Abstract

http://ssrn.com/abstract=315563
 
 

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Litigation and the Evolution of Legal Remedies: A Dynamic Model


Vincy Fon


George Washington University - Department of Economics

Francesco Parisi


University of Minnesota - Law School; University of Bologna


Public Choice, Vol. 116, Nos. 3-4, pp. 419-433, September 2003
George Mason Law & Economics Research Paper No. 02-17

Abstract:     
In this paper we build upon existing literature on the evolution of the common law. We consider a model of legal evolution in which judges have varying ideologies and propensities to extend the domain of legal remedies and causes of action. Parties have symmetric stakes and are rational. Plaintiffs bring a case to court if the expected net return from the case is positive. The net expected value of the case depends on the objective merits of the case, the state of the law, and the ideological propensity of the judge. Plaintiffs have full control over whether to bring a case to court. In our model, the combined presence of differences in judges' ideology and plaintiff's case selection generate a monotonic upward trend in the evolution of legal rules and remedies. This may explain the stylized fact under which certain areas of the law have been granting increasing levels of remedial protection and recognition of plaintiffs' actions.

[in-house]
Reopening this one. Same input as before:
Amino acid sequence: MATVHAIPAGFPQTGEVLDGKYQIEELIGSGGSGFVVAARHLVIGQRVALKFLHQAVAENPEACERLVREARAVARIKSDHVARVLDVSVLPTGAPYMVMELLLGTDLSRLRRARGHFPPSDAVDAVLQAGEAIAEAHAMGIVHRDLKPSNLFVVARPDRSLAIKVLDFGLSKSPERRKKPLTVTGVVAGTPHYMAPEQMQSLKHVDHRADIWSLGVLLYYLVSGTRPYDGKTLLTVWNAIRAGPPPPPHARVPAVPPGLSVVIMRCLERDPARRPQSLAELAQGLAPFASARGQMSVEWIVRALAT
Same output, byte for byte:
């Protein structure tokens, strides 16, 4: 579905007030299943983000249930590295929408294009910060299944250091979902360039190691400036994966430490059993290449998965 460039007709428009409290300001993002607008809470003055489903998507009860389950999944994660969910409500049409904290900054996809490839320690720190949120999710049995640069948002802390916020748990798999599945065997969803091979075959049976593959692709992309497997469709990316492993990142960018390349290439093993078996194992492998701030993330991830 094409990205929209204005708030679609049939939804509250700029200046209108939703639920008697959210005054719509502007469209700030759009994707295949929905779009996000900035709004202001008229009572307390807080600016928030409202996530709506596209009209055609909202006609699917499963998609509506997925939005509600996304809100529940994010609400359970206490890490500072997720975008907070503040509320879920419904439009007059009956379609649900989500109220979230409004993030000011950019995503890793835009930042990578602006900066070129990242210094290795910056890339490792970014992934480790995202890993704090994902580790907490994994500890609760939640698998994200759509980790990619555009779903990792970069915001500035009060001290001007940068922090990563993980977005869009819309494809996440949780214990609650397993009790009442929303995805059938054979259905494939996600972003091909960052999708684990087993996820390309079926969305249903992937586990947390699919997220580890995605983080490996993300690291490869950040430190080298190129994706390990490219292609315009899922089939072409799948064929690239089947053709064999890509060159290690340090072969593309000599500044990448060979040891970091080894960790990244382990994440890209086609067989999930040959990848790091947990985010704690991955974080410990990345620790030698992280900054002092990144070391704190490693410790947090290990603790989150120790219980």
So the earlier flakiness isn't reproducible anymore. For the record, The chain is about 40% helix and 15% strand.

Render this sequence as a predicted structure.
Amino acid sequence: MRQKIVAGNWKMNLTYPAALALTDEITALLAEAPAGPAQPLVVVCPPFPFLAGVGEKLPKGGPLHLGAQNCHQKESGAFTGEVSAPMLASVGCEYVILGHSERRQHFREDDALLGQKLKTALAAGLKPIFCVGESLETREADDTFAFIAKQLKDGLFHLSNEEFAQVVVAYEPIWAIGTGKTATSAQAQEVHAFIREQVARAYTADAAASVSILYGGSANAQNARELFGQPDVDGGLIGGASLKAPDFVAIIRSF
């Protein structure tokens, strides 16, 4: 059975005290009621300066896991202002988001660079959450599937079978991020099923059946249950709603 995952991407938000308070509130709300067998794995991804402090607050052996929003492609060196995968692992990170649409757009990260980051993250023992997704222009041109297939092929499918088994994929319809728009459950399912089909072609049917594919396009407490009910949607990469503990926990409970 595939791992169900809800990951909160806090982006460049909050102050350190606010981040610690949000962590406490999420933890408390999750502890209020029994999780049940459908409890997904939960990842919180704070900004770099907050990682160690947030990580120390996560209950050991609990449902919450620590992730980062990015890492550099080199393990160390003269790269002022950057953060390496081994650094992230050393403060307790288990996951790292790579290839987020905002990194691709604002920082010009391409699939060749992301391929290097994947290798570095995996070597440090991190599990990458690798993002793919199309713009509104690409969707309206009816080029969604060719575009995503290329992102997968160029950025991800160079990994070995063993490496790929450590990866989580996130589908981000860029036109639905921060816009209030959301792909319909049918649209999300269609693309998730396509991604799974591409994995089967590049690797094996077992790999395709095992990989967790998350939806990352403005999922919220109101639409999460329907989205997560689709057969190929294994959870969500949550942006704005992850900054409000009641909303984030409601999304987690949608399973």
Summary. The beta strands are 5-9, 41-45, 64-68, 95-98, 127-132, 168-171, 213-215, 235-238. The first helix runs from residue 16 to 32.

Number of Pages in PDF File: 19

JEL Classification: K10, K41

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Date posted: June 12, 2002  

Suggested Citation

Fon, Vincy and Parisi, Francesco, Litigation and the Evolution of Legal Remedies: A Dynamic Model. Public Choice, Vol. 116, Nos. 3-4, pp. 419-433, September 2003; George Mason Law & Economics Research Paper No. 02-17. Available at SSRN: http://ssrn.com/abstract=315563 or http://dx.doi.org/10.2139/ssrn.315563

Contact Information

Vincy Fon
George Washington University - Department of Economics ( email )
2115 G Street, N.W.
Monroe Hall, #366
Washington, DC 20052
United States
202-994-7580 (Phone)
202-994-6147 (Fax)
Francesco Parisi (Contact Author)
University of Minnesota - Law School ( email )
229 19th Avenue South
Minneapolis, MN 55455
United States
University of Bologna ( email )
Piazza Scaravilli 1
40126 Bologna, fc 47100
Italy
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